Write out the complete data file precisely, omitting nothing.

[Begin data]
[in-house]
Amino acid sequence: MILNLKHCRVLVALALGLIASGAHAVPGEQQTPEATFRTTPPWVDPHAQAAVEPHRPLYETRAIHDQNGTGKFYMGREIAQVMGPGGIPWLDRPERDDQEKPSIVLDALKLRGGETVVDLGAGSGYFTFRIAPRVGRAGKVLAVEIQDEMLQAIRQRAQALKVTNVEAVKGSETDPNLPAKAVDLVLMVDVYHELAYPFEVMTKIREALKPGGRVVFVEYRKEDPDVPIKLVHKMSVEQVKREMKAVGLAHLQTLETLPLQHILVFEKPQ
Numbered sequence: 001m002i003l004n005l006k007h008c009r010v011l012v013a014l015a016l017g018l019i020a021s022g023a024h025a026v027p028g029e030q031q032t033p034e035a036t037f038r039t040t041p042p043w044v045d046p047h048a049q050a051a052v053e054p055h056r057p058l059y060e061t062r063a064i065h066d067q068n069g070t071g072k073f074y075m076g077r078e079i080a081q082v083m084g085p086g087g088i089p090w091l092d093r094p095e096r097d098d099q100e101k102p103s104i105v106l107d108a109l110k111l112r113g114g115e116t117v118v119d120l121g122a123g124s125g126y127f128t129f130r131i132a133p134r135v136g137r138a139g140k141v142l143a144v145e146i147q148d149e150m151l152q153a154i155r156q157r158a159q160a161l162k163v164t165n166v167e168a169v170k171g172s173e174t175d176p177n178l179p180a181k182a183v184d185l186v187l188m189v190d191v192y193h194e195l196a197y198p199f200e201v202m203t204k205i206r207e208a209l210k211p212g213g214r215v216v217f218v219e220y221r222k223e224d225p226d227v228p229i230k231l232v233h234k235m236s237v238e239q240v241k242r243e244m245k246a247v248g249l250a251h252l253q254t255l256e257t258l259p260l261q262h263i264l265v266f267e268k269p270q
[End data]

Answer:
[in-house]
Amino acid sequence: MILNLKHCRVLVALALGLIASGAHAVPGEQQTPEATFRTTPPWVDPHAQAAVEPHRPLYETRAIHDQNGTGKFYMGREIAQVMGPGGIPWLDRPERDDQEKPSIVLDALKLRGGETVVDLGAGSGYFTFRIAPRVGRAGKVLAVEIQDEMLQAIRQRAQALKVTNVEAVKGSETDPNLPAKAVDLVLMVDVYHELAYPFEVMTKIREALKPGGRVVFVEYRKEDPDVPIKLVHKMSVEQVKREMKAVGLAHLQTLETLPLQHILVFEKPQ
Numbered sequence: 001m002i003l004n005l006k007h008c009r010v011l012v013a014l015a016l017g018l019i020a021s022g023a024h025a026v027p028g029e030q031q032t033p034e035a036t037f038r039t040t041p042p043w044v045d046p047h048a049q050a051a052v053e054p055h056r057p058l059y060e061t062r063a064i065h066d067q068n069g070t071g072k073f074y075m076g077r078e079i080a081q082v083m084g085p086g087g088i089p090w091l092d093r094p095e096r097d098d099q100e101k102p103s104i105v106l107d108a109l110k111l112r113g114g115e116t117v118v119d120l121g122a123g124s125g126y127f128t129f130r131i132a133p134r135v136g137r138a139g140k141v142l143a144v145e146i147q148d149e150m151l152q153a154i155r156q157r158a159q160a161l162k163v164t165n166v167e168a169v170k171g172s173e174t175d176p177n178l179p180a181k182a183v184d185l186v187l188m189v190d191v192y193h194e195l196a197y198p199f200e201v202m203t204k205i206r207e208a209l210k211p212g213g214r215v216v217f218v219e220y221r222k223e224d225p226d227v228p229i230k231l232v233h234k235m236s237v238e239q240v241k242r243e244m245k246a247v248g249l250a251h252l253q254t255l256e257t258l259p260l261q262h263i264l265v266f267e268k269p270q